Award-winning Investigative Journalist Robert Parry (1949-2018)

Award-winning investigative journalist and founder/editor of, Robert Parry has passed away. His ground-breaking work uncovering Reagan-era dirty wars in Central America and many other illegal and immoral policies conducted by successive administrations and U.S. intelligence agencies, stands as an inspiration to all in journalists working in the public interest.

Robert had been a regular guest on our Between The Lines and Counterpoint radio shows -- and many other progressive outlets across the U.S. over four decades.

His penetrating analysis of U.S. foreign policy and international conflicts will be sorely missed, and not easily replaced. His son Nat Parry writes a tribute to his father: Robert Parry’s Legacy and the Future of Consortiumnews.

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The Resistance Starts Now!

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SPECIAL REPORT: "The Resistance - Women's March 2018 - Hartford, Connecticut" Jan. 20, 2018

Selected speeches from the Women's March in Hartford, Connecticut 2018, recorded and produced by Scott Harris

SPECIAL REPORT: "No Fracking Waste in CT!" Jan. 14, 2018

SPECIAL REPORT: "Resistance Round Table: The Unraveling Continues..." Jan. 13, 2018

SPECIAL REPORT: "Capitalism to the ash heap?" Richard Wolff, Jan. 2, 2018

SPECIAL REPORT: Maryn McKenna, author of "Big Chicken", Dec. 7, 2017

SPECIAL REPORT: Nina Turner's address, Working Families Party Awards Banquet, Dec. 14, 2017

SPECIAL REPORT: Mic Check, Dec. 12, 2017

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SPECIAL REPORT: Mic Check, Nov. 12, 2017

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SPECIAL REPORT: Rainy Day Radio, Nov. 7, 2017

SPECIAL REPORT: Resisting U.S. JeJu Island military base in South Korea, Oct. 24, 2017

SPECIAL REPORT: John Allen, Out in New Haven

2017 Gandhi Peace Awards

Promoting Enduring Peace presented its Gandhi Peace Award jointly to renowned consumer advocate Ralph Nader and BDS founder Omar Barghouti on April 23, 2017.

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who helped make our 25th anniversary with Jeremy Scahill a success!

For those who missed the event, or were there and really wanted to fully absorb its import, here it is in video

Jeremy Scahill keynote speech, part 1 from PROUDEYEMEDIA on Vimeo.

Jeremy Scahill keynote speech, part 2 from PROUDEYEMEDIA on Vimeo.

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Between The Lines Presentation at the Left Forum 2016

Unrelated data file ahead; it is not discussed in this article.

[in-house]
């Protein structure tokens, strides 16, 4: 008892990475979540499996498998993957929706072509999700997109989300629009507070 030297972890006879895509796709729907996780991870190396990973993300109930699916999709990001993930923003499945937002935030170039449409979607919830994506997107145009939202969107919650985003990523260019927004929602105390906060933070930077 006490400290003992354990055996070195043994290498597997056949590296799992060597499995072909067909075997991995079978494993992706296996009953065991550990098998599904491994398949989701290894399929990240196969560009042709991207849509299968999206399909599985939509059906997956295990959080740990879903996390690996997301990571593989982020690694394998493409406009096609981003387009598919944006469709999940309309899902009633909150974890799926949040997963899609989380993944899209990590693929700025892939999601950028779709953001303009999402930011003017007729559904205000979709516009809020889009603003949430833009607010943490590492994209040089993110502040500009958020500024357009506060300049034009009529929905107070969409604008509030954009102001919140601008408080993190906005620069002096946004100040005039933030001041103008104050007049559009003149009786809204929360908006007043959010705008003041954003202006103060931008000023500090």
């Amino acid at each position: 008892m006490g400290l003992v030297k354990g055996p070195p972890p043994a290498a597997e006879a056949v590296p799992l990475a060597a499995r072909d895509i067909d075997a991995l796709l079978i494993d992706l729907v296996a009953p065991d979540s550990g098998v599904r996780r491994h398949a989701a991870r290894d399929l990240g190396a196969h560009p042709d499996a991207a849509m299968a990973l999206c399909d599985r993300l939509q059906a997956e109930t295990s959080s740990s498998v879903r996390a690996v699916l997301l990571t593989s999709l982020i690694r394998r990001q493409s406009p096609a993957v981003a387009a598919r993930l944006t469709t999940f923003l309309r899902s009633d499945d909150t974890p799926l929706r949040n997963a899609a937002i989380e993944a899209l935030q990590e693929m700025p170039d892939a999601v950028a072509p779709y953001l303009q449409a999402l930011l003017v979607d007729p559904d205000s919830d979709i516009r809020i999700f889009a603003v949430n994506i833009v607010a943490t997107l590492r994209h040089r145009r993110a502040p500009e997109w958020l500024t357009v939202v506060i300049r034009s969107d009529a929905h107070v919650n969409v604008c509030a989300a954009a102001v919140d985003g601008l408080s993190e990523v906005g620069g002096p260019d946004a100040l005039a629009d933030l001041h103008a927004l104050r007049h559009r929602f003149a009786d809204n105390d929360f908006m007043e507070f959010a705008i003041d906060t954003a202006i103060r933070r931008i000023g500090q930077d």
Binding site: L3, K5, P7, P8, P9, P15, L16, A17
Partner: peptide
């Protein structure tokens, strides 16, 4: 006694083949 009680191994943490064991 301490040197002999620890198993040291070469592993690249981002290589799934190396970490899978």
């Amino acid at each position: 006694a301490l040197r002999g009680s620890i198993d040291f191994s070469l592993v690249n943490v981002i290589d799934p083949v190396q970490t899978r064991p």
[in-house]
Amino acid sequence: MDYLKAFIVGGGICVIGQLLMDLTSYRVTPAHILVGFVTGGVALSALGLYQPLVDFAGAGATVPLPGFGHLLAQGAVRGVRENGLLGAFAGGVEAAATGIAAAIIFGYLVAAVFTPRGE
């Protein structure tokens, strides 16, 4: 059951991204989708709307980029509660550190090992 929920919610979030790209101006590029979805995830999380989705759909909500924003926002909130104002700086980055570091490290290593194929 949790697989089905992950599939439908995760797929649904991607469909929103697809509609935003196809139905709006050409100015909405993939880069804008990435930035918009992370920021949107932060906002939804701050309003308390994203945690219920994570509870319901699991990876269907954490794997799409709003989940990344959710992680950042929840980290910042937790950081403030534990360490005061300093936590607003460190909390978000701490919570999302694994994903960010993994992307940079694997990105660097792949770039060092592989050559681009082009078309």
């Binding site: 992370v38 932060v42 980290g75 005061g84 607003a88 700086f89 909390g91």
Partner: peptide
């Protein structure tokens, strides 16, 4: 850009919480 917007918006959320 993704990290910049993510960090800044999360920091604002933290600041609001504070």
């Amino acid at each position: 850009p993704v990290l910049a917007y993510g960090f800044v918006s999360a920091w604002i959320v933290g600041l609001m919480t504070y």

"How Do We Build A Mass Movement to Reverse Runaway Inequality?" with Les Leopold, author of "Runaway Inequality: An Activist's Guide to Economic Justice,"May 22, 2016, John Jay College of Criminal Justice, The City University of New York, 860 11th Ave. (Between 58th and 59th), New York City. Between The Lines' Scott Harris and Richard Hill moderated this workshop. Listen to the audio/slideshows and more from this workshop.

Listen to audio of the plenary sessions from the weekend.

JEREMY SCAHILL: Oscar-nominated documentary filmmaker "Dirty Wars"

Listen to the full interview (30:33) with Jeremy Scahill, an award-winning investigative journalist with the Nation Magazine, correspondent for Democracy Now! and author of the bestselling book, "Blackwater: The Rise of the World's Most Powerful Mercenary Army," about America's outsourcing of its military. In an exclusive interview with Counterpoint's Scott Harris on Sept. 16, 2013, Scahill talks about his latest book, "Dirty Wars, The World is a Battlefield," also made into a documentary film under the same title, and was nominated Dec. 5, 2013 for an Academy Award in the Best Documentary Feature category.

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Maldives Activist Says Democracy is Essential for Credible Leadership on Fighting Climate Change

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Posted Oct. 2, 2013

Interview with Thilmeeza Hussain, International Women's Earth and Climate Initiative Summit conference delegate and founder of Voice of Women, conducted by Melinda Tuhus


The International Women's Earth and Climate Initiative held a three-day summit on Sept. 20-23 in Suffern, N.Y., just north of New York City. One hundred women environmental leaders from 35 countries attended, with almost equal representation from the global North and South. Together, they developed a women's climate action agenda addressing both climate policy and on-the-ground solutions.

Thilmeeza Hussain, one of the delegates attending, is founder of Voice of Women, the only non-governmental organization in the Maldives that addresses the issues of women and climate change. She is also a member of Climate Wise Women, a global platform promoting women's leadership on climate change. Hussain represented the Maldives at the United Nations when Mohammed Nasheed, the nation’s first democratically-elected head of state was president. Under his leadership, the Maldives became an aggressive campaigner for international action on climate change.